PHOENIX (PHotons for the Exploration of Nature by Imaging and XAFS) is a beamline dedicated to X-ray Absorption (micro-) Spectroscopy (XAS) and imaging in the soft and tender energy range of 0.3 to 8 keV. X-ray absorption spectroscopy (XAS) can be performed in fluorescence, transmission and total electron yield mode. A von Hamos spectrometer for tender x-rays is available for emission spectroscopy with an energy resolution of 0.5 eV or better. The beamline offers a versatile sample environment (cells for liquids, liquid micro-jet system), which allows users to adapt their own in situ experiments to the beamline. This special energy range provides research opportunities in many fields, including material science, biology, energy research, environmental science, chemistry, catalysis or cultural heritage.
PolLux allows measuring nanoscale images with contrast based on spectroscopic effects that include material parameters like elemental composition, oxidation state, magnetisation, molecular structure and molecular orientation. Special sample environments allow in situ measurements with exposure to liquids and gasses, high and low temperatures, electric and magnetic fields, and different kinds of light. Stroboscopic time-resolved imaging and 3D imaging modes are also available. Such analyses serve a wide variety of research communities.
X06SA (PXI) is the first macromolecular crystallography beamline at the Swiss Light Source. It is fully tunable from 5.7 to 17.5 keV with variable beam size from 5 um to 100 um, and is equipped with a flexible two-stage focusing X-ray optics system and a single–photon counting hybrid pixel area EIGER 16M (Dectris) detector. The PXI covers a wide range of MX applications from high-throughput crystallography to micro-crystallography and serial synchrotron crystallography. Room-temperaure and time-resolved MX are the latest features. The beamline team support both academic and proprietary users in on-site, remote, and fully-automated modes.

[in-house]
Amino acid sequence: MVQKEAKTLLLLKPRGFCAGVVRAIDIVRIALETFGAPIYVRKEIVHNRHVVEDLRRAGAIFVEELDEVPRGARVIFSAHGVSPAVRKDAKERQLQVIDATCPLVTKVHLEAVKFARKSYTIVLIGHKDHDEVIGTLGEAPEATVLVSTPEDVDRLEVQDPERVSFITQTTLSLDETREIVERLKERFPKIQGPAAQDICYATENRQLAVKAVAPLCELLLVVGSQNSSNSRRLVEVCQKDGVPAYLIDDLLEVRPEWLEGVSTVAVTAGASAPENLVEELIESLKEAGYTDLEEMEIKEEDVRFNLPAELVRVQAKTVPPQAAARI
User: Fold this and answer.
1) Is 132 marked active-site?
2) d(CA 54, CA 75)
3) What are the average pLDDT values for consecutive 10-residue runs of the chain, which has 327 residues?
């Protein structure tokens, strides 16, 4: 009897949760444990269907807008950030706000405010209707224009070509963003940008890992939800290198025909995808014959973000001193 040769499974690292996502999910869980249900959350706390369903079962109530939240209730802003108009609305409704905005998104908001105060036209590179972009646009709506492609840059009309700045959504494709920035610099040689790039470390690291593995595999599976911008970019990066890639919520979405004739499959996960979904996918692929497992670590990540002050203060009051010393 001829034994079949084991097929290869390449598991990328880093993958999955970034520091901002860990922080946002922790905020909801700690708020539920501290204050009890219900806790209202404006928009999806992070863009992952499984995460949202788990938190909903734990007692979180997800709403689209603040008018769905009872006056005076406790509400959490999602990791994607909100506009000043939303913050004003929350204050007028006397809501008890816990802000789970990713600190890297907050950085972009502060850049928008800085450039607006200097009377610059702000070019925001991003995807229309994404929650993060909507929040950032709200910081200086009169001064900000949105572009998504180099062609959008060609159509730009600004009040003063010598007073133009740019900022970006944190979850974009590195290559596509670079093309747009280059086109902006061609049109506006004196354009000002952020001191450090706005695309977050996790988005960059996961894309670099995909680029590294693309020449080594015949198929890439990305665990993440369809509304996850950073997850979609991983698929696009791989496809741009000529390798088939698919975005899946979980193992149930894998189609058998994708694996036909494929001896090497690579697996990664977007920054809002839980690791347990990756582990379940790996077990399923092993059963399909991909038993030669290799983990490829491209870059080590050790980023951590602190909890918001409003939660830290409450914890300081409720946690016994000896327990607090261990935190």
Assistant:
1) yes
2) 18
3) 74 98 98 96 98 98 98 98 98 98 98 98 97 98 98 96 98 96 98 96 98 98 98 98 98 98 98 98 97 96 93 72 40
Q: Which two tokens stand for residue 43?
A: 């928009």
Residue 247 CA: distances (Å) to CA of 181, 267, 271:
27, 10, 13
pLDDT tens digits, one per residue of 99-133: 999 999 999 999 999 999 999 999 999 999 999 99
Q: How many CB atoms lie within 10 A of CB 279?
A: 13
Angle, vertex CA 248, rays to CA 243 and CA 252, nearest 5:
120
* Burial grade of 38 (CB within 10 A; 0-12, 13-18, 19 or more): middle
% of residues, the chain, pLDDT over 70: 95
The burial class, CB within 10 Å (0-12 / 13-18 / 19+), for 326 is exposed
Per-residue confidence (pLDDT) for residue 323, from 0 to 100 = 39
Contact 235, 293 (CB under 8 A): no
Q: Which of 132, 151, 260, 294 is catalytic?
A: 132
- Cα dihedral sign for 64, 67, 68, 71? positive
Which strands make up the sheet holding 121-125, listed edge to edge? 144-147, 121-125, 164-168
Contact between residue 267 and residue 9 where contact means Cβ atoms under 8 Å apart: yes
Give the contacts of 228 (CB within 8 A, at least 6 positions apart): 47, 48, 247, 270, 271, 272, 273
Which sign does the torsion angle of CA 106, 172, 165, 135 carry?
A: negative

The second beamline for protein crystallography is mainly used by beamline partners with long-term contracts. The design and construction of beam line X10SA (PXII) is based on the highly successful first beam line X06SA (PXI). The beamline throughput and performance have been further enhanced with a TELL sample changer and a EIGER2 16M detector recently. As an option that can be applied for by all users, crystallographic data collection can be complemented by optical spectroscopy with an on-axis microspectrophotometer.
X06DA (PXIII) is the third protein crystallography beamline at the Swiss Light Source. It is available both to academic and proprietary users. Complementing the existing high performance undulator beamlines X06SA and X10SA, the optical concept and the experimental environment for PXIII have been optimized for simplicity. The beamline receives light from a 2.9T superbend magnet. The optical design results in a sub 100 micron x 100 micron focused beam at the sample position with a total photon flux comparable to an undulator beamline. A crystallization facility is located in the beamline with the state-of-the-art instruments for soluble and membrane protein crystallization and semi-automated fragment-based screening.
The Surface and Interface Spectroscopy beamline (SIS) provides a state-of-the-art experimental setup to study the electronic and atomic structure of surfaces. The beamline has been designed for high photon energy resolution with low harmonic contamination and flexible light polarization. The COPHEE endstation is dedicated to spin- and angle-resolved photoemission spectroscopy (SARPES), which can measure all properties of photoelectrons excited from a sample surface, namely energy, momentum and spin-polarization. The station reaches temperatures down to 17 K and offers an additional free contact for biasing or gating the sample.